Are you entitled to over 3,000GBP a year to heat your home? Pounds that is, English or Scottish pounds. Probably not, but at least one family, living in Scotland, is. And there may be others who actually get paid to keep themselves warm.
The UK climate is generally considered mild by world standards, yet every year hundreds of the elderly, infirm, or those with chronic illnesses, die during the winter. Afraid to use the heating in their poorly insulated homes, they sit wrapped in shawls or blankets, because they can’t afford the heating costs. For a first world country in 2015, that’s a shocking state of affairs.
The Renewable Energy Programme:
The case of Mr and Mrs Thomas, the Scottish couple who actually get PAID over 3-grand to heat their home, is no doubt the exception. They decided to take full advantage of UK government subsidies for using renewable energy, the GREEN programme.
Steven and Anne Thomas have a five bed house in Inverness, Scotland and have gone green to the max. Moving to the house from London some eight years ago, they had already installed a small wind turbine to provide household electricity. In 2013 they added solar panels, and had a ground source heat pump installed; which heats the home, and provides all their hot water.
Prior to their aspirations of a negative carbon footprint, they relied on oil for all their heating, a system which cost them an average 3,000GBP in heating bills.
Of course, for every upside, there’s a downside. In this case they had to speculate to accumulate. The installation of the ground-source heat pump, and solar panels cost a total of 14,000GBP. The difference between ground-source heat pumps, and air-source pumps, is one draws air from deep in the ground, which is invariably a few degrees warmer than the air temperature, making it more efficient. They are also substantially more expensive to install. However, check out the deals, loans are available to cover some, or all, of the cost of installation.
So where does the money come from:
Using the governments Green Subsidies Policy, payments are made depending on the number of kilowatts per hour for heat generated by the heat pump. Further payments then come into play, depending on various subsidies tied to the solar panels, and are paid quarterly by Ofgem. In the Thomas’s case, these payments amount to over 750GBP a quarter.
The whole scheme runs for seven years once you have been accepted. So, having laid out 14,000GBP initially, the Thomas’s are set to receive around 26,000GBP over the seven years, recouping double the initial outlay. On top of that of course, they are also saving the 3,000GBP they were paying when heating by oil.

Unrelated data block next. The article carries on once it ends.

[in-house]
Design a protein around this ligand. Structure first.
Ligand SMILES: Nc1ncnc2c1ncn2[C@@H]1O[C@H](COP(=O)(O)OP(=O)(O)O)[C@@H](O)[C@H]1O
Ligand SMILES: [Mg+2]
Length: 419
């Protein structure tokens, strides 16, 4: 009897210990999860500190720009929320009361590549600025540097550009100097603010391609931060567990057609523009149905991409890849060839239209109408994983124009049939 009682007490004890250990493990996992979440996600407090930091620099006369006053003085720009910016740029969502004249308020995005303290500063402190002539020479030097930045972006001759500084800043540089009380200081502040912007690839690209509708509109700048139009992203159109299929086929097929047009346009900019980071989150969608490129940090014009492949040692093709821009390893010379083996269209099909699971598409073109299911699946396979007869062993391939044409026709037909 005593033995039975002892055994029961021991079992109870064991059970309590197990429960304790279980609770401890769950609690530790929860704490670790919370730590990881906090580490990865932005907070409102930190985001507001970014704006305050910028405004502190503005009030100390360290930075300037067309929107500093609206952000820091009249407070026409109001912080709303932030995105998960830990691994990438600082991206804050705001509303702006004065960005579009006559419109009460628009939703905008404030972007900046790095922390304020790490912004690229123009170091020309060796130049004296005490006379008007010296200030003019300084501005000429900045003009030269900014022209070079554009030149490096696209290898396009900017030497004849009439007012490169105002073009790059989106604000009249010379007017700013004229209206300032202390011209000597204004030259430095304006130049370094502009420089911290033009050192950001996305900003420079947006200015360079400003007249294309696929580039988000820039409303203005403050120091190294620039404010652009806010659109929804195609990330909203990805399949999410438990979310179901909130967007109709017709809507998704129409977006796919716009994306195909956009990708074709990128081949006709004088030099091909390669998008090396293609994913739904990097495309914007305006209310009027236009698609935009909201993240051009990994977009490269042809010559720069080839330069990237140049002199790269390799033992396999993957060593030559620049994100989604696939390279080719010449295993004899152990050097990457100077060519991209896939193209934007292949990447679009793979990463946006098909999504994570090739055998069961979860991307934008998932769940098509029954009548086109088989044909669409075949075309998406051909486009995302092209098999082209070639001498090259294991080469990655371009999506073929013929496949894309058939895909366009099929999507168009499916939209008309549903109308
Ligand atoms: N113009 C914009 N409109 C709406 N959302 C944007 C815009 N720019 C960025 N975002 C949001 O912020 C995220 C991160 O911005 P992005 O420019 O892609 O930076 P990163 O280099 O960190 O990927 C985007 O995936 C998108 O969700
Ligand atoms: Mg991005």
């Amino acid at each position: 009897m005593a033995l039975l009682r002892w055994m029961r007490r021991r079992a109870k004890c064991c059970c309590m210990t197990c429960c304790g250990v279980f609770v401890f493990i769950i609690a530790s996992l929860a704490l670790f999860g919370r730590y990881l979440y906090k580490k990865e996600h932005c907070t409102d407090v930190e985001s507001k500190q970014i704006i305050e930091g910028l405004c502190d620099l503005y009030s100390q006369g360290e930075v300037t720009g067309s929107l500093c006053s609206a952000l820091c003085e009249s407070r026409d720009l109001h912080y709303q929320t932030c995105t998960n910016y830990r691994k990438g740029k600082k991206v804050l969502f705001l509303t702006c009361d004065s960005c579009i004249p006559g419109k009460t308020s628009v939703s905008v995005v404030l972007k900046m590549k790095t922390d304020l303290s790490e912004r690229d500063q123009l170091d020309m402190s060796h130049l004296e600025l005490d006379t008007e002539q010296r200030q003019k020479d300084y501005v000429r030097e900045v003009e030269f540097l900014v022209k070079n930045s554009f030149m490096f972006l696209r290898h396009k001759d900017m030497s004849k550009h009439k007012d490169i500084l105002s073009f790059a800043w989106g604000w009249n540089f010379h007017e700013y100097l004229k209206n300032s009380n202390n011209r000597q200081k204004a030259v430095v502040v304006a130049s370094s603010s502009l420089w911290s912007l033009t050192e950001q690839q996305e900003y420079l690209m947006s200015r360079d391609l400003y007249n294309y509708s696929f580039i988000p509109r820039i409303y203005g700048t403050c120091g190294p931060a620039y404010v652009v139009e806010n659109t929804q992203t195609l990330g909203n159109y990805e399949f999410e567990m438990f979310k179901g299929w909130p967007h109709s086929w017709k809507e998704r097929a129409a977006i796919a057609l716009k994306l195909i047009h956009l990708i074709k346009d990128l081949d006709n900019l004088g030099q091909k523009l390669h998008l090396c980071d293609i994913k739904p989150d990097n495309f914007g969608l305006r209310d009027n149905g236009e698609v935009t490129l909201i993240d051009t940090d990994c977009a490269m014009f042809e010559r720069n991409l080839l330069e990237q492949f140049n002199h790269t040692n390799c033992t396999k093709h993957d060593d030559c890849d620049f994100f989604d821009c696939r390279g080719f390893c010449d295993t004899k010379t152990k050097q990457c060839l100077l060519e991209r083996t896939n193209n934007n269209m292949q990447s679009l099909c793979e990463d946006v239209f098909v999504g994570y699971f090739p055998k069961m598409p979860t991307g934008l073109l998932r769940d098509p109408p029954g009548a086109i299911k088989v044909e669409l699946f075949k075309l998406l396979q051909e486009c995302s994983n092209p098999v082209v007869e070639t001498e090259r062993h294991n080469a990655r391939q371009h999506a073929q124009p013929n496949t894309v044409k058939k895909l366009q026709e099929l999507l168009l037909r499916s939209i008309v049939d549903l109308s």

Does this Work for Everyone:
Sadly no; not unless you have a property like the Thomas’s, but the UK government has 125-million pounds available in subsidies and grants to help anyone improve the insulation and heating of their home. So far, just over 5-million has been taken up.
The UK is at the bottom of the property insulation league when compared to the rest of Europe, and is trying hard to catch up. Whether you live in an older terrace property, semi-detached, or detached house, or a 10th storey flat, you could still qualify for insulation and heating grants.
The range includes bio-mass boilers (water heaters using woodchip pellets or logs), solar panels, air or ground heat pumps, plus a whole range of insulation products to retain the heat within the property, and help keep the bills down.
The Green Deal initiative, and insulation grants are separate entities, one run by the government, and the other falls under the mandate of local councils. If you find yourself constantly worrying about heating your home in winter, or believe you’re paying far too much in electricity, or gas bills, then check out the energy grants calculator, and find out what’s available. Even if you don’t qualify for cash back, you can certainly save yourself hundreds of pounds a year.
Images care of: By KVDP (Own work) [CC BY-SA 3.0 http://creativecommons.org/licenses/by-sa/3.0, via Wikimedia Commons
By Calderoliver (Own work) [CC BY-SA 3.0 http://creativecommons.org/licenses/by-sa/3.0, via Wikimedia Commons
A McCarron [CC BY-SA 2.0 http://creativecommons.org/licenses/by-sa/2.0, via Wikimedia Commons
By Gunnar Bach Pedersen (Own work (Own photo)) [Public domain], via Wikimedia Commons
A British expat who has lived on this Island of Tenerife for over twelve years.A full time freelance writer, most of my time is spent article writing. I also write on D2C, Writedge, and wherever takes my fancy. For fun I try to increase my portfolio of short stories, with a view to eventually getting them published.